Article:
Goodbye, Windows

Hmm… I haven’t written in awhile.  Initially, I thought of writing about the recent revival of 2D gaming, but someone else beat me to it.  I thought I could  write about the sheer awesomeness of Old Spice’s recent viral campaign, but that’s been done too (nevermind the fact that the campaign took place a whole two weeks ago).  And, well, let’s face it – if you need me to tell you about how awesome Toy Story 3 was, you’ve clearly been living under a rock and hang on my every word and media endorsement (I wish).  I did just see Inception yesterday, so hopefully I’ll write a review in the next few days (hint: it was excellent), but for now, I’ll write about some old/new happenings with me:

I’ve gone Mac.

Some of you may remember that my old Windows laptop has been finicky lately (to say the least).  Well, a little while back, the straw broke the camel’s back, I turned to the darkside, performed one other cliche catchphrase, and bought myself a Macbook Pro.  I didn’t make a big deal out of it (unless you saw me in person with the computer over which I salivated), but let’s just say that the time had finally come.  I’ve had it for over a month now, so I feel like I efficiently know my way around the new OS well enough.

If you look very closely, you can see holy light emanating from it.

My initial impression of the Macbook Pro was not a sense of awe with the OS.  To me, Mac OS X was just a slightly different (but still familiar) way to run a computer.  What really impressed me was the hardware of the Macbook.  The body design on this thing is just brilliant.  It’s sleek and thin, yet still very functional.  One of the few things I hated about my previous Dell was how clunky the thing was.  It was made of all sorts of random parts that precariously clicked together…and it was a beast to carry around.  Of course, my old Dell eventually died due to hardware failures, so I’m sure that leads me to appreciate the Macbook’s design a bit more.

While I was not initially overwhelmed with the Mac software, I did grow to appreciate it.  The trackpad, for one, is a great feature that I find myself wondering how I lived without for so many years.  It responds so much better than any previous mousepad that I’ve used.  The dashboard is a nifty feature, though I currently don’t have much use for it.  Naturally, the operating system itself is blazingly fast, but it’s something I would expect of any new computer.  Nevertheless, it’s very nice to have my computer do something right when I tell it to.  It’s weird not to be using any sort of virus/malware protection (something I might look into for my Mac before too long), but it’s amazing knowing that the odds of my computer getting terrible slowdown due things like spyware are pretty low.  It sounds weird, but OS X is also very pretty.  Whereas Windows just does things, Mac often goes the extra step to say “Hey, I’ve got cool animation.”  Everything does indeed look nice on a Mac.  Overall, while the OS is not a whole heads-and-tails above Windows, it has a number of smaller features that make it a more efficient program overall.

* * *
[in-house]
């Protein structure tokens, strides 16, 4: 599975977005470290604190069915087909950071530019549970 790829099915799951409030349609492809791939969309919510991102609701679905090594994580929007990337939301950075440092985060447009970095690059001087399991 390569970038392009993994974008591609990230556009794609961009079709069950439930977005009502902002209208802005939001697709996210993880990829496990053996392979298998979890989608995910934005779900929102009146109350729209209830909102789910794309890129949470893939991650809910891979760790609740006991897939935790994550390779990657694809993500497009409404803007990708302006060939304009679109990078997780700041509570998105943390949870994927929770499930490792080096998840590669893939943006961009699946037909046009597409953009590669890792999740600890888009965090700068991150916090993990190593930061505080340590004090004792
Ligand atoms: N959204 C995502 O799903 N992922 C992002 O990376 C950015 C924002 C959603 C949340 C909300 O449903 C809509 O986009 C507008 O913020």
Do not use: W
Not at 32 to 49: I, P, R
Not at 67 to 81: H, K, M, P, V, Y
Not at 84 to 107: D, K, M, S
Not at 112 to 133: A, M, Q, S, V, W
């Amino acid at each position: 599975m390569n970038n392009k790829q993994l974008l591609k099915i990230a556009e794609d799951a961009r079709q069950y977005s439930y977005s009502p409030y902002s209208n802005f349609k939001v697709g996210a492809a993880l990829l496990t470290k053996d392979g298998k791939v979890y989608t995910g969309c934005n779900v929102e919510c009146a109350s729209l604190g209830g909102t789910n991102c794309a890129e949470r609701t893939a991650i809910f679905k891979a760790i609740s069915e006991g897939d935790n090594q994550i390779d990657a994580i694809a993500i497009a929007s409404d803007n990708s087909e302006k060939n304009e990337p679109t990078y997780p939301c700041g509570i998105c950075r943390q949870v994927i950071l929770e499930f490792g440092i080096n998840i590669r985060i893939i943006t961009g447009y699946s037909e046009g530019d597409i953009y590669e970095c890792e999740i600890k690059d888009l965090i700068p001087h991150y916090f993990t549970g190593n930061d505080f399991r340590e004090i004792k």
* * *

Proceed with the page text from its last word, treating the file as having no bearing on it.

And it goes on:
There are, unfortunately, a few things to complain about with the Macbook – the biggest thing being price (I practically had to rob a bank to afford it).  I understand it costs a lot because “it’s a Mac,” but when you look at the specs and then look at a Windows laptop with the same specs, you’re going to find a huge difference in the price.  I’m still not convinced it’s worth as much as I paid for it, but that’s a debate that could go on forever.  In fact, the price point kind of depends on the longevity of the computer.  I got a Mac because I didn’t want to deal with the difficulties of Windows anymore – and a primary difficult is its short life span.  If my Mac lasts for a long time, then perhaps the price was worth it.  As it is, however, if my Macbook (God forbid) dies anytime within the next 4 or 5 years, I will probably go with a Windows laptop again.  It’s sad but true.

My other major complaint is purely due to my media-consuming nature.  Where the heck is the Blu-ray support??  The MacBook Pro comes ready to display high-definition images on its display, so why isn’t a high-definition format supported?  Apple was one of the earliest backers of Blu-ray technology, joining the Blu-ray Disc Association’s Board of Directors all the way back in 2005.  Five years later, BD support is still noticeably absent from all Macs (not just MacBook Pro’s).  What’s more, Steve Jobs seems to have no intention of adding compatibility with the format (I say it’s because he wants users to buy HD movies off iTunes instead).  This frustrates me for a number of reasons – I’m a big advocate of Blu-ray, I love using optical discs, and Windows laptops support Blu-ray for a far cheaper price than what you pay for a MacBook (also: buying movies from iTunes is an absolute pain in the rear because of some crazy DRM).  Of course, this complaint didn’t stop me from buying a MacBook, but it’s definitely something to be noted.

Do I like my MacBook?  Absolutely.  Is it over-priced?  That depends on your perspective, but I’d still say yes.  Does it have a few minor drawbacks?  Again, yes.  Was it worth it?  I would still say yes.  So far, the positives have greatly outweighed the negatives.  I love having a reliable computer that does everything within the blink of an eye.  I’m not gonna lie, it’s also really fun learning a new OS.

Despite it’s drawbacks, the MacBook Pro is a speedy, efficient, and reliable processor that I feel very happy to own.

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~ by digitallysmitten on July 26, 2010.

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